How do people define and maintain their position in a fundamentally social environment, in a world they almost always have to share with others? My general research interest goes out to human cooperation, prosociality, and social decision making in the broadest sense. In the wake of my studies on the novel construct of social mindfulness, exciting new work is coming up, like the cross-cultural differences and/or universalities in social preferences. My scientific curiosity further extends to obedience to authority and social influence in general.
The topic of the dissertation I recently successfully defended was social mindfulness: The ability to contemplate the effect of one’s actions on the options of another person (or persons) in the social environment, in concert with the willingness to adjust those actions accordingly. Social mindfulness therefore requires both ability (e.g., Theory of Mind, perspective taking, mentalizing) and motivation (e.g., empathy, prosocial social value orientation). It is a rather subtle but pervasive tool that helps people better navigate the social world by signaling prosocial intentions – or the lack thereof.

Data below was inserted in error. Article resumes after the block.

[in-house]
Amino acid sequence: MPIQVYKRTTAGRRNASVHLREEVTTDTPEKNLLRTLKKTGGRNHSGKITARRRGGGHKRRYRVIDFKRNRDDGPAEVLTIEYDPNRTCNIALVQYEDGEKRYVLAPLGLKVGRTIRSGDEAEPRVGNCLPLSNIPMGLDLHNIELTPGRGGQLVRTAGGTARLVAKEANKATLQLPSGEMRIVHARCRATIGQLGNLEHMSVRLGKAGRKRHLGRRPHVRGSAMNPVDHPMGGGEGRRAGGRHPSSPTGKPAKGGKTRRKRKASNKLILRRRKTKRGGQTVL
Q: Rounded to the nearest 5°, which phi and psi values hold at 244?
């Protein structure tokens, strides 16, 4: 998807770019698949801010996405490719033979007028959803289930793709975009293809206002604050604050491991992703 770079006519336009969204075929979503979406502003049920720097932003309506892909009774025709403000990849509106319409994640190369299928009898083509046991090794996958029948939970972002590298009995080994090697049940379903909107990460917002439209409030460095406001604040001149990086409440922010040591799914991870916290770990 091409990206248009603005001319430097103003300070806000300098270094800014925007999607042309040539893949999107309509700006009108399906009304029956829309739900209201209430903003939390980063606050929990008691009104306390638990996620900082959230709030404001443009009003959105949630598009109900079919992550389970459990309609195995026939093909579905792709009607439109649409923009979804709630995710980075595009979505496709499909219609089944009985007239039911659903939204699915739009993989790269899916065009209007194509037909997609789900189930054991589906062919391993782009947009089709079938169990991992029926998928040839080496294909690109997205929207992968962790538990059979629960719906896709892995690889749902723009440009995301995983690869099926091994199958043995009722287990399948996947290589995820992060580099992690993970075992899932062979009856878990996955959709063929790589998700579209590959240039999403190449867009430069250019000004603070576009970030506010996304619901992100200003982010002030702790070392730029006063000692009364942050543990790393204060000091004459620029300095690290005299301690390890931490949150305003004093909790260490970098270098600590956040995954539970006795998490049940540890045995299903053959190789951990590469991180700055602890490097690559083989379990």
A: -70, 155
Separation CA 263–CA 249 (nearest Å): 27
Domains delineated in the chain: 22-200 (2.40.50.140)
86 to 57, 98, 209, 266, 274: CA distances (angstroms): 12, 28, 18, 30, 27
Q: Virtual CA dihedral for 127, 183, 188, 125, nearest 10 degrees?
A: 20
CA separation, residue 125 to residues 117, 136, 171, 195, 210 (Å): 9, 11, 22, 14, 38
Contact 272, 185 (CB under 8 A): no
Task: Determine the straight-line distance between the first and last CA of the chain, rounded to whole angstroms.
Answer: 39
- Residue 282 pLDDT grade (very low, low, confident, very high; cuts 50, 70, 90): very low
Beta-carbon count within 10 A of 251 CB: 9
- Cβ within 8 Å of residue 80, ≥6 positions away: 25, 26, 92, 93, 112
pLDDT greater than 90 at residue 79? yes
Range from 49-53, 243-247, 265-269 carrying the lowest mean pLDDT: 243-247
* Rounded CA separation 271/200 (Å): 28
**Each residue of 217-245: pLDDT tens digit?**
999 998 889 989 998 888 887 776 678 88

One of the ways to assess levels of social mindfulness is by a newly developed paradigm, that for ease of reference we call the SoMi paradigm. The SoMi paradigm is a computer-generated social decision-making task that lets participants choose one among three objects in a series of different categories, for example pens, baseball caps, water bottles, or wrapped gifts. Per category, two of the objects are entirely identical, and the third only differs in a single aspect (e.g., one yellow and two green baseball caps).